Saturday, June 15, 2013

Cleaning Pyrex with Bar Keepers Friend


Since my collection is ever growing, I've been doing quite a bit of research on Pyrex. Colors, dates, lids, promo pieces, AND care/keeping of it. While the type of cleaner you want to use depends on the type of grime (duh), Bar Keepers Friend is a cleaner that seems to be universally recommended. Over and over in my research I saw people post pictures of Pyrex that looked like rubbish -  grey metal scuffs all over and dishwashered (dwd) - only to be revived after a visit with the Bar Keepers Friend. Of course, this seemed too good to be true and I had to test it out myself. So started the hunt for a cheapo piece of Pyrex that had been abused. The key word being *cheapo*. No point in spending a lot of money on something that might not be fixable, right?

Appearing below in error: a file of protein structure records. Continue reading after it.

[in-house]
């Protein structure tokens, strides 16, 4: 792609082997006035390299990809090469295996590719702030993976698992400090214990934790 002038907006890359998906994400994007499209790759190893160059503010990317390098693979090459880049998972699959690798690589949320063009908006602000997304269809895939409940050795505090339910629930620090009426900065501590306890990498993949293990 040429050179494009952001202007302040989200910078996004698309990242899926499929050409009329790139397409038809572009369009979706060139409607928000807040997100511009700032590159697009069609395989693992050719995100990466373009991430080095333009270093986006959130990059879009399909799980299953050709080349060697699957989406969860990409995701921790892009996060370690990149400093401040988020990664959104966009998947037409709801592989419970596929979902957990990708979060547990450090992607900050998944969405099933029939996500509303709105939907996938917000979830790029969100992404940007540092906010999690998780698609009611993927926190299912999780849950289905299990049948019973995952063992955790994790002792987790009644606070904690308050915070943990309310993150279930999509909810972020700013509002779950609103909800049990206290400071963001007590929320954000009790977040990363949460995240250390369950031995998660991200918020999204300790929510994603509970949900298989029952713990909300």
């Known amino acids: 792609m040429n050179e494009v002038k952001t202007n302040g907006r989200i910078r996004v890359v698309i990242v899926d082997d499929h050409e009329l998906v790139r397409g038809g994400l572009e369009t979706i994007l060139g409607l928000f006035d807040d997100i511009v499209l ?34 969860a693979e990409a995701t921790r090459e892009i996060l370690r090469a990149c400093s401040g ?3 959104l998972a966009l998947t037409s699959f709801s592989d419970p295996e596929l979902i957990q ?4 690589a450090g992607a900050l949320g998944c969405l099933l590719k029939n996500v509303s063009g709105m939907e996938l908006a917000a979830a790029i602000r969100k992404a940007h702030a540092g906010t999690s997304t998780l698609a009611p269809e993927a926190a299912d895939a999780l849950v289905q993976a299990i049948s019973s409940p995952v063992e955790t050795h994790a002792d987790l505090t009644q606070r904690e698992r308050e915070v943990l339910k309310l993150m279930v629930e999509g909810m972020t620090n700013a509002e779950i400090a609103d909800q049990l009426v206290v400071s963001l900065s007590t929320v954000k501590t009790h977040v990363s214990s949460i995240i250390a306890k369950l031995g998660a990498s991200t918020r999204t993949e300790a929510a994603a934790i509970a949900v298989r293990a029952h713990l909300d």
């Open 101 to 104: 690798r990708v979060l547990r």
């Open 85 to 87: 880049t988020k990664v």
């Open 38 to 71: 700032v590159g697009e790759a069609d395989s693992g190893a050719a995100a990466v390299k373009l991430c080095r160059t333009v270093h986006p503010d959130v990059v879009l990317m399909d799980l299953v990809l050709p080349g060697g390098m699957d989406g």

PyrexBarKeepersFriend3 PyrexBarKeepersFriend1

Overall, I would say that the outcome is OK.
Honestly, I think my hopes were set a little high. I wanted a miracle! A shiny, new piece to be in my hands when the cleaner was washed away. In reality, while it did an excellent job of removing the hard water build up, the shine has not been restored AT ALL. The color is more vibrant in general because there is no grime on it but the fridgie still has the dwd, etched feeling to it. If only there was a way to fix the scratches. *sigh*
On a side note, just to make my mouth water at the lusciousness of it all, I smeared coconut oil on the fridgie to restore the shine temporarily. It sure was pretty. But smearing oil on things is a bit gross (dust collector!) so I washed it off and tucked it into the display cabinet

Now, to find a horrendously metal marked Pyrex for a real testing of Bar Keepers. How hard can that be?

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